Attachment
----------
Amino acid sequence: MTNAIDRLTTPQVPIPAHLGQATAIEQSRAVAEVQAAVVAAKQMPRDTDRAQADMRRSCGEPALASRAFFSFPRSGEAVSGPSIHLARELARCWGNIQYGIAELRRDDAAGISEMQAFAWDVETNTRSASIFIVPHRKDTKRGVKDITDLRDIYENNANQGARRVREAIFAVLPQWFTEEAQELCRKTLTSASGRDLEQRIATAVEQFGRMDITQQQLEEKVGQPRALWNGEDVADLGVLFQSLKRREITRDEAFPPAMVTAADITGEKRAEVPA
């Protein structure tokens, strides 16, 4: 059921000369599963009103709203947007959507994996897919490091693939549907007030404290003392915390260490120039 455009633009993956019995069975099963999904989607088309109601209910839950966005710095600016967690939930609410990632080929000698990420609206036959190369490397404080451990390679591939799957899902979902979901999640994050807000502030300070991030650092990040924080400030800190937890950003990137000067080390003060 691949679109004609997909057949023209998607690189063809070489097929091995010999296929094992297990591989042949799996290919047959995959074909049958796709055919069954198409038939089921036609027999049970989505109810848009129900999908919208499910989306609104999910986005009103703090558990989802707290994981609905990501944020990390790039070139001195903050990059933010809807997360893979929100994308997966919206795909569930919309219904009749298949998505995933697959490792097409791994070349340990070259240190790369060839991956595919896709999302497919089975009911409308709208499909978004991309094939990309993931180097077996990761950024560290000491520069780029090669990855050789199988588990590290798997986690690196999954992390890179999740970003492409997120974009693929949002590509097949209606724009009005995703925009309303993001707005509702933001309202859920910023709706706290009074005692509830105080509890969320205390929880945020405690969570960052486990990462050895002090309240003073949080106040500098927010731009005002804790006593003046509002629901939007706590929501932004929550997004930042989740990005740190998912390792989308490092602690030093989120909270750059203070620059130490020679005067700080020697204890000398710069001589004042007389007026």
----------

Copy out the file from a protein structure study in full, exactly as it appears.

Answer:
Amino acid sequence: MTNAIDRLTTPQVPIPAHLGQATAIEQSRAVAEVQAAVVAAKQMPRDTDRAQADMRRSCGEPALASRAFFSFPRSGEAVSGPSIHLARELARCWGNIQYGIAELRRDDAAGISEMQAFAWDVETNTRSASIFIVPHRKDTKRGVKDITDLRDIYENNANQGARRVREAIFAVLPQWFTEEAQELCRKTLTSASGRDLEQRIATAVEQFGRMDITQQQLEEKVGQPRALWNGEDVADLGVLFQSLKRREITRDEAFPPAMVTAADITGEKRAEVPA
């Protein structure tokens, strides 16, 4: 059921000369599963009103709203947007959507994996897919490091693939549907007030404290003392915390260490120039 455009633009993956019995069975099963999904989607088309109601209910839950966005710095600016967690939930609410990632080929000698990420609206036959190369490397404080451990390679591939799957899902979902979901999640994050807000502030300070991030650092990040924080400030800190937890950003990137000067080390003060 691949679109004609997909057949023209998607690189063809070489097929091995010999296929094992297990591989042949799996290919047959995959074909049958796709055919069954198409038939089921036609027999049970989505109810848009129900999908919208499910989306609104999910986005009103703090558990989802707290994981609905990501944020990390790039070139001195903050990059933010809807997360893979929100994308997966919206795909569930919309219904009749298949998505995933697959490792097409791994070349340990070259240190790369060839991956595919896709999302497919089975009911409308709208499909978004991309094939990309993931180097077996990761950024560290000491520069780029090669990855050789199988588990590290798997986690690196999954992390890179999740970003492409997120974009693929949002590509097949209606724009009005995703925009309303993001707005509702933001309202859920910023709706706290009074005692509830105080509890969320205390929880945020405690969570960052486990990462050895002090309240003073949080106040500098927010731009005002804790006593003046509002629901939007706590929501932004929550997004930042989740990005740190998912390792989308490092602690030093989120909270750059203070620059130490020679005067700080020697204890000398710069001589004042007389007026």